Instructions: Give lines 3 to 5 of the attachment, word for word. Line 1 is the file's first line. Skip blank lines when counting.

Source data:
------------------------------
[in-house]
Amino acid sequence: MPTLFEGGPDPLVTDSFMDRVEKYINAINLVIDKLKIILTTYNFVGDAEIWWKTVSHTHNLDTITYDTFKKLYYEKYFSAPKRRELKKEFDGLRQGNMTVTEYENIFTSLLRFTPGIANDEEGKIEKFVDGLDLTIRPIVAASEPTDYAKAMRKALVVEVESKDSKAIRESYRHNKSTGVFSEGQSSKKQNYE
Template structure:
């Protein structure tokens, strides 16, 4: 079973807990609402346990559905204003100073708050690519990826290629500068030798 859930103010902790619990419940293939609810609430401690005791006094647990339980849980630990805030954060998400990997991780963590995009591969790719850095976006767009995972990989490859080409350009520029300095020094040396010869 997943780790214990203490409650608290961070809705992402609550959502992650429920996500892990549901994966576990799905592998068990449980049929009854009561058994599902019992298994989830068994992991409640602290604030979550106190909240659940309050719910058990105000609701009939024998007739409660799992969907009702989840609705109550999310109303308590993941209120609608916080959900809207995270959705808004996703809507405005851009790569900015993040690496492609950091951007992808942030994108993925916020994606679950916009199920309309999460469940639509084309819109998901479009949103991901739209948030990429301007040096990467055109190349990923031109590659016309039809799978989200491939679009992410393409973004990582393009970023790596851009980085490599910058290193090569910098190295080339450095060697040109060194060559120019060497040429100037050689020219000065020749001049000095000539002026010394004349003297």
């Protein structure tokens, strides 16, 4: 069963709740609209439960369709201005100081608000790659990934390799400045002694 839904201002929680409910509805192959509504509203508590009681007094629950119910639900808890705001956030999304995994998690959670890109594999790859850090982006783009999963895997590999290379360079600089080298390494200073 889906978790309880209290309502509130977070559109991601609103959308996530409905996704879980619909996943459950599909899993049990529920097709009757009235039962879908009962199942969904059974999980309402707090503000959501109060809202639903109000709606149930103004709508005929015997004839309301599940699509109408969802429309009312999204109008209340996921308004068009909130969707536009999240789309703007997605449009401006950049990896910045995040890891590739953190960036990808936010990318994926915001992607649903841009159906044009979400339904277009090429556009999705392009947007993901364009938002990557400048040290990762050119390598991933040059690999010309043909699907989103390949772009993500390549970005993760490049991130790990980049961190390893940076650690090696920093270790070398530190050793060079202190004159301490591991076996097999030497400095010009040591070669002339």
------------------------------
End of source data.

Template structure:
């Protein structure tokens, strides 16, 4: 079973807990609402346990559905204003100073708050690519990826290629500068030798 859930103010902790619990419940293939609810609430401690005791006094647990339980849980630990805030954060998400990997991780963590995009591969790719850095976006767009995972990989490859080409350009520029300095020094040396010869 997943780790214990203490409650608290961070809705992402609550959502992650429920996500892990549901994966576990799905592998068990449980049929009854009561058994599902019992298994989830068994992991409640602290604030979550106190909240659940309050719910058990105000609701009939024998007739409660799992969907009702989840609705109550999310109303308590993941209120609608916080959900809207995270959705808004996703809507405005851009790569900015993040690496492609950091951007992808942030994108993925916020994606679950916009199920309309999460469940639509084309819109998901479009949103991901739209948030990429301007040096990467055109190349990923031109590659016309039809799978989200491939679009992410393409973004990582393009970023790596851009980085490599910058290193090569910098190295080339450095060697040109060194060559120019060497040429100037050689020219000065020749001049000095000539002026010394004349003297």
């Protein structure tokens, strides 16, 4: 069963709740609209439960369709201005100081608000790659990934390799400045002694 839904201002929680409910509805192959509504509203508590009681007094629950119910639900808890705001956030999304995994998690959670890109594999790859850090982006783009999963895997590999290379360079600089080298390494200073 889906978790309880209290309502509130977070559109991601609103959308996530409905996704879980619909996943459950599909899993049990529920097709009757009235039962879908009962199942969904059974999980309402707090503000959501109060809202639903109000709606149930103004709508005929015997004839309301599940699509109408969802429309009312999204109008209340996921308004068009909130969707536009999240789309703007997605449009401006950049990896910045995040890891590739953190960036990808936010990318994926915001992607649903841009159906044009979400339904277009090429556009999705392009947007993901364009938002990557400048040290990762050119390598991933040059690999010309043909699907989103390949772009993500390549970005993760490049991130790990980049961190390893940076650690090696920093270790070398530190050793060079202190004159301490591991076996097999030497400095010009040591070669002339």